The evening before the whole city was illuminated; buns and cakes were scattered broad-cast, and the
street-boys stood on their heads, whistled through their fingers, and cried "Hurrah!" It was truly magnificent.
"Yes; I must take good care to do something likewise!" thought the merchant's son. So he bought rockets, crackers, and every sort of firework you can think of, put them in his trunk and then flew up into the air. How they went off and how they fizzed! The Turks all skipped into the
air at the sight, so that their slippers flew about their ears; such a shower of meteors they had never seen before. Now they could well understand that it was the god of the Turks himself who was to marry the Princess.
As soon as the merchant's son came down again into the wood with his trunk he thought: "I will just go into the town to learn how the affair went off!" And it was only natural that he should wish to do so.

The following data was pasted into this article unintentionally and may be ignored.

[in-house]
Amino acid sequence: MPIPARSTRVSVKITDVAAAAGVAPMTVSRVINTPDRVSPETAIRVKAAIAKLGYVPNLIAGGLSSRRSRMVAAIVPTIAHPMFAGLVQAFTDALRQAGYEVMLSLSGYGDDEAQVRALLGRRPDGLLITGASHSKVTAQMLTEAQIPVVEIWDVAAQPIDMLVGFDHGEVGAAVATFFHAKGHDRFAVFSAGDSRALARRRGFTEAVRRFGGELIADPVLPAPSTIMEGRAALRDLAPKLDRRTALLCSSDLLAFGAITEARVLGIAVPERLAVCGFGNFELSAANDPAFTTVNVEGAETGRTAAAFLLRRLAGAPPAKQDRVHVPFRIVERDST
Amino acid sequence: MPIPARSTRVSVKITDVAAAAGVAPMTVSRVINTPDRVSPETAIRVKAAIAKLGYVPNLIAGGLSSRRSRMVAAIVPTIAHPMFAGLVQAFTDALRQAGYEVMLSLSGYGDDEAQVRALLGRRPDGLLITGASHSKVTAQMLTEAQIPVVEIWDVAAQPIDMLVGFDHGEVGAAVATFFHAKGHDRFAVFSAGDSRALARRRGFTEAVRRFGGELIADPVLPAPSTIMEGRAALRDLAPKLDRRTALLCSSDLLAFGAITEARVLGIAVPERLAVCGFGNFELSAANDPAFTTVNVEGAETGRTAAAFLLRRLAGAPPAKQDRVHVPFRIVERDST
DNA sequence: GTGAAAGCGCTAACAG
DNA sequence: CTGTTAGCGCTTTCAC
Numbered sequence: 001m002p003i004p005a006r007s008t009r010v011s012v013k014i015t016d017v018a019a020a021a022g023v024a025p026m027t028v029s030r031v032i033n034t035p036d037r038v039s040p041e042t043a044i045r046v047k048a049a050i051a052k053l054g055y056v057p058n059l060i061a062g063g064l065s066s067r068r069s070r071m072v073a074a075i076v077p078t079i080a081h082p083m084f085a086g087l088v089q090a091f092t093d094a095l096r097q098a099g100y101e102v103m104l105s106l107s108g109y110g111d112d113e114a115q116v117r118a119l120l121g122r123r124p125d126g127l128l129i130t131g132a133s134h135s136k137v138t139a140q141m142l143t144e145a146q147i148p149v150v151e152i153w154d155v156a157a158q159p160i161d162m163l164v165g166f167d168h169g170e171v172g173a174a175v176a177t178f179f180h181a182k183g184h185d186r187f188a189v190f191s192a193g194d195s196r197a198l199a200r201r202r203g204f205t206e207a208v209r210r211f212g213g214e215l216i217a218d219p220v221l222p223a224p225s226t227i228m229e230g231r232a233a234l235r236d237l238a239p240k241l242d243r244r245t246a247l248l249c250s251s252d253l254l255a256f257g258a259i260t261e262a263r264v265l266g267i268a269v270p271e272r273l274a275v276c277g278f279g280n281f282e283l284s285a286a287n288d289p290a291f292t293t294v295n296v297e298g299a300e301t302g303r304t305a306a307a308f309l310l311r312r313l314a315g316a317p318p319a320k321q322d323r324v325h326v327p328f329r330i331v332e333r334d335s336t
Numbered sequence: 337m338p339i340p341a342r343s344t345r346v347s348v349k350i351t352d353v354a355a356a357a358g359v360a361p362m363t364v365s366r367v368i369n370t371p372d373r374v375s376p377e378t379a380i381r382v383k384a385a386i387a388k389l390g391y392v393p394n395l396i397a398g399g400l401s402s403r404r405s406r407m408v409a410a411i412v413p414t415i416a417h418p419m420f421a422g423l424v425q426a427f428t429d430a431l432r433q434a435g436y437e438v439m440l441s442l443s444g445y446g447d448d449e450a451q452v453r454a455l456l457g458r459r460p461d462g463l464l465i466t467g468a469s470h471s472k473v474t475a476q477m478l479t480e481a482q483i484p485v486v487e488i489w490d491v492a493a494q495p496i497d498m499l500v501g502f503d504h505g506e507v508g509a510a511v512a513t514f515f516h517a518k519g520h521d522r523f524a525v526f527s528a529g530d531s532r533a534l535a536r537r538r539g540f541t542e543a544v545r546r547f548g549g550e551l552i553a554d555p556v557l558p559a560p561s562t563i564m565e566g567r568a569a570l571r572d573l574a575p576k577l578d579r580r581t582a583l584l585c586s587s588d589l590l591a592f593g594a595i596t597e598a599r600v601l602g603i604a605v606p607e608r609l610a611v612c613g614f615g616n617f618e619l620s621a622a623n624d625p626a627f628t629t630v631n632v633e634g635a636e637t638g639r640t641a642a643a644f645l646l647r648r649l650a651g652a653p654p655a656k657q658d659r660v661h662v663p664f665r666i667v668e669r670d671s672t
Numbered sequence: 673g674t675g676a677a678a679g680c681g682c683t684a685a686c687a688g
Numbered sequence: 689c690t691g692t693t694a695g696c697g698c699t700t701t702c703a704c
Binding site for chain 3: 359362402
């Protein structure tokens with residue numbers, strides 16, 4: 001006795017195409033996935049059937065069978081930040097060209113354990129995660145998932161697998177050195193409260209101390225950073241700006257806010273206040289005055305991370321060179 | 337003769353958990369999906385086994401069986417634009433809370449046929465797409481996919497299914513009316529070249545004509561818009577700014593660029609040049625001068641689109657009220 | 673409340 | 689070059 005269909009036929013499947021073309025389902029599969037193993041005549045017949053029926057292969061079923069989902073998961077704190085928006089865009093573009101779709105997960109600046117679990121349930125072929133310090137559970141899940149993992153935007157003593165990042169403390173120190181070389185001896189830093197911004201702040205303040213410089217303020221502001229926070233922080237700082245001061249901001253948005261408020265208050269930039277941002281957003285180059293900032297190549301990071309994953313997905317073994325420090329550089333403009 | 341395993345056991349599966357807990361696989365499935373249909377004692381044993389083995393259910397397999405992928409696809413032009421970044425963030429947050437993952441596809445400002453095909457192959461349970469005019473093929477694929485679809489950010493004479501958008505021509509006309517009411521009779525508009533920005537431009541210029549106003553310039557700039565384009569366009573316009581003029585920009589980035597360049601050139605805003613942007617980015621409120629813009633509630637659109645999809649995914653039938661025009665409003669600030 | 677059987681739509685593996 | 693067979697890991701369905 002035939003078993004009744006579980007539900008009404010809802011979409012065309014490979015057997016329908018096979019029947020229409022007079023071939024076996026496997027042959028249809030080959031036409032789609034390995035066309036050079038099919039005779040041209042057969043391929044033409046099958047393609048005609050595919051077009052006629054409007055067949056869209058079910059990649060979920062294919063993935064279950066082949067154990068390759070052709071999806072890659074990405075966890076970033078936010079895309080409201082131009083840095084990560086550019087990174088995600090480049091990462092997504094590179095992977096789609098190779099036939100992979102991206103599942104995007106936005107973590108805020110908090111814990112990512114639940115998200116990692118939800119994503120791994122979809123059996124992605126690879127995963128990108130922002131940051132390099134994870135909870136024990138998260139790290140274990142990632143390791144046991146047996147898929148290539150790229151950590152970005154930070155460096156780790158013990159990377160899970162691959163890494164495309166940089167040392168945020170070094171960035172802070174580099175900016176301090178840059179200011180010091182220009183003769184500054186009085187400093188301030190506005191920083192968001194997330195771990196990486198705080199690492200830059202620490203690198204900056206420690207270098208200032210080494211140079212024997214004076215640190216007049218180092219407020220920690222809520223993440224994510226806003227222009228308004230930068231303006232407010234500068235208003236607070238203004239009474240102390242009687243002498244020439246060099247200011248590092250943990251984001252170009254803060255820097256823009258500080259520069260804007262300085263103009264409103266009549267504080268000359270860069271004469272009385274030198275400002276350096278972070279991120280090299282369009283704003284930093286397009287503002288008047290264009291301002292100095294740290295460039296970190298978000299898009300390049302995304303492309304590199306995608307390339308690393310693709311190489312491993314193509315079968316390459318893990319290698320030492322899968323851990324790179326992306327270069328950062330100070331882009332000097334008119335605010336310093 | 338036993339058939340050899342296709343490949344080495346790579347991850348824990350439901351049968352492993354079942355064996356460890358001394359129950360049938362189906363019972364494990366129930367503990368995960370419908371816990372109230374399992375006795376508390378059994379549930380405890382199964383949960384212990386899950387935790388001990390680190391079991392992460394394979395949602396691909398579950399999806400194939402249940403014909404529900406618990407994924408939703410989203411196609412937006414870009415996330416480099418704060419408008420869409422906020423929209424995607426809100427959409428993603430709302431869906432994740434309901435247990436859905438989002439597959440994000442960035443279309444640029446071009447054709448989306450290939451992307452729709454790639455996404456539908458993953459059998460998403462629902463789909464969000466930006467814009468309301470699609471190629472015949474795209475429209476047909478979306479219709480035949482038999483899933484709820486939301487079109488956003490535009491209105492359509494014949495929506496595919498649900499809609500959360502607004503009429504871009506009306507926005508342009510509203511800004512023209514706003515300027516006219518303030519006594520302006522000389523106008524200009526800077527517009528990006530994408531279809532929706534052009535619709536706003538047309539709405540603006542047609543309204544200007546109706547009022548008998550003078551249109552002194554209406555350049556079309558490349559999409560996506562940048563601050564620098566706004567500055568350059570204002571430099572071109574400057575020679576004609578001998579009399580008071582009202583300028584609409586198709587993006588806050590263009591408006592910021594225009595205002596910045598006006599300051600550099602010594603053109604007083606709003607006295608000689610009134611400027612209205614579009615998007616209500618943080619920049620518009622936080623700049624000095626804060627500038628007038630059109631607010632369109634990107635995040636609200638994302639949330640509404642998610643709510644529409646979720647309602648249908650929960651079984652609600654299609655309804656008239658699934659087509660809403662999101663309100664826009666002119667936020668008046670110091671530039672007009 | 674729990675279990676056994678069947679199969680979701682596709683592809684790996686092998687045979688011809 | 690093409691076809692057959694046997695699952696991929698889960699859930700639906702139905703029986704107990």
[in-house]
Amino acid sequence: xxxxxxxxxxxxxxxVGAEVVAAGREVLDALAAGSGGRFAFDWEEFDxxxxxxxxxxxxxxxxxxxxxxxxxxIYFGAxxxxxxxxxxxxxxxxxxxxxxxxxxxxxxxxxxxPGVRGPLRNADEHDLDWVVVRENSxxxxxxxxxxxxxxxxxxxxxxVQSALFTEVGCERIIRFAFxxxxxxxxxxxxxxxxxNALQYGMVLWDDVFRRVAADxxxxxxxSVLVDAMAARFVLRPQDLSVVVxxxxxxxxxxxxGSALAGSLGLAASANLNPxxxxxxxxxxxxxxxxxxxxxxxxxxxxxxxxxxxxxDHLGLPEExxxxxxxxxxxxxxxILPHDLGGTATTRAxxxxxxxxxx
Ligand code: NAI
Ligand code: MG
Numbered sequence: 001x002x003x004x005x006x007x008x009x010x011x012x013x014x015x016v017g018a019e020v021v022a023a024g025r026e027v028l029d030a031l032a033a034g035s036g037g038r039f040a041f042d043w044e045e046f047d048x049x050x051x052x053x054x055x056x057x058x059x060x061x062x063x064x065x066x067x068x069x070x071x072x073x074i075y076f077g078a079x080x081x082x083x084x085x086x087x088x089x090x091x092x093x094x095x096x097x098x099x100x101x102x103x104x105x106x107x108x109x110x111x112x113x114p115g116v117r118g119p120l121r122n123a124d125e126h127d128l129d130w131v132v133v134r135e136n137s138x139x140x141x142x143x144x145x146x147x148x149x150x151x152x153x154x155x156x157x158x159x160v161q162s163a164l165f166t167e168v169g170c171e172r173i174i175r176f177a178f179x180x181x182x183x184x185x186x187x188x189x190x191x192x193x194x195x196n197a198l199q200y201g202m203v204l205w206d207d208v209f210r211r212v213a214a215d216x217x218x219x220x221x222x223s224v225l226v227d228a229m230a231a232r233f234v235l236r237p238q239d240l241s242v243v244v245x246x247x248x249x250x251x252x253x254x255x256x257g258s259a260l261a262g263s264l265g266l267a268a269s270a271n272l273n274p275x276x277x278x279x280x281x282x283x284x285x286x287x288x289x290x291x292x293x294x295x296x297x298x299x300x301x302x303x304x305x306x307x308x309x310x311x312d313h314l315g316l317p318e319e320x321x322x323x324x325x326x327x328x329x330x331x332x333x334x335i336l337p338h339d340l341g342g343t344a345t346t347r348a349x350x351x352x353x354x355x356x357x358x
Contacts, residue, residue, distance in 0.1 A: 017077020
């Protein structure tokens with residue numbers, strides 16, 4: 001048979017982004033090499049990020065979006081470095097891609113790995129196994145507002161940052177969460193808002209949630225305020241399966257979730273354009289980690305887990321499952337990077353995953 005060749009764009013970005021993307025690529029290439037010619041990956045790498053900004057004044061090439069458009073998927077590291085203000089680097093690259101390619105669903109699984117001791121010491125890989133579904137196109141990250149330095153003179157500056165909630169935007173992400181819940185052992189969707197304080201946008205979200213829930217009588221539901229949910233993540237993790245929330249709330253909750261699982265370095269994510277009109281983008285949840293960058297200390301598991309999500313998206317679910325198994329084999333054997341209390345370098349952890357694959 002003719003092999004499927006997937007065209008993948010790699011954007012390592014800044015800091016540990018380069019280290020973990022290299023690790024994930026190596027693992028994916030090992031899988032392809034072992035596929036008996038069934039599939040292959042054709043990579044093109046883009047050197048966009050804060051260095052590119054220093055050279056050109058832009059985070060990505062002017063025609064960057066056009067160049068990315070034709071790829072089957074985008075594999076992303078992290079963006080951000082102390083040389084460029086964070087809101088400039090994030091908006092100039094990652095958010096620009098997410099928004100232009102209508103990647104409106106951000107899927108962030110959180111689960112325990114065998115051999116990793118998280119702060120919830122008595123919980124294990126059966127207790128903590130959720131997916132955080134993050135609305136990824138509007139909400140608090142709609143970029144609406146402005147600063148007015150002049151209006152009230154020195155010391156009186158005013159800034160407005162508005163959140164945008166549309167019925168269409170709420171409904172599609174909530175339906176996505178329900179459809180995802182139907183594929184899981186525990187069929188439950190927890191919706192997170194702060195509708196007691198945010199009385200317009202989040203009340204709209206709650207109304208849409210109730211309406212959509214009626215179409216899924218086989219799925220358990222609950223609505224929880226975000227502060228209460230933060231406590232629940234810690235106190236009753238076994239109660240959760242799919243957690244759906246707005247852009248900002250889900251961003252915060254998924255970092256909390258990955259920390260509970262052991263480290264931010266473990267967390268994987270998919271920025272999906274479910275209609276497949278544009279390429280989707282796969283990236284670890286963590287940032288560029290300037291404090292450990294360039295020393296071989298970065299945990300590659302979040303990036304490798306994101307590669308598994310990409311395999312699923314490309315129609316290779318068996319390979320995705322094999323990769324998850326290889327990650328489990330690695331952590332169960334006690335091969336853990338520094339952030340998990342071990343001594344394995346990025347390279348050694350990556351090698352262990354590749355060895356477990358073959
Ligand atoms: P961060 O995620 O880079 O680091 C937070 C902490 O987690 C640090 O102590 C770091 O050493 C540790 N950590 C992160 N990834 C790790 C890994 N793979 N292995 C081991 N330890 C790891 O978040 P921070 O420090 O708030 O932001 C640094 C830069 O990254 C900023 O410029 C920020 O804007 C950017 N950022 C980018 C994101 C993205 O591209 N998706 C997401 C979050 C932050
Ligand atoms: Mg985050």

Every one whom he asked about it had seen the affair in his own way, but one and all thought it charming.
"I saw the god of the Turks himself," said one, "he had eyes like shining st
ars and a beard like foaming water."
"He flew in a fiery mantle," said another; "the loveliest little angels peeped forth from the folds of it."
Yes, he heard the most beautifu
l things about himself, and the day after he was to be married.
And now he went back to the wood to sit on his trunk-but where was it? The trunk was burnt!
「是的，我也应该让大家快乐一下才对！」商人的儿子想。 因此他买了些烟火和炮竹，以及任何可以想得到的鞭炮，把这些东西装进箱子里，向空中飞去。 「啪！」它们爆炸了，响得嘶嘶作响！ 所有的土耳其人一听见就跳起来，他们的拖鞋都飞到耳朵旁边去了。他们从来没有见过这样的火球。 他们现在知道了，要跟公主结婚的人就是土耳其的神。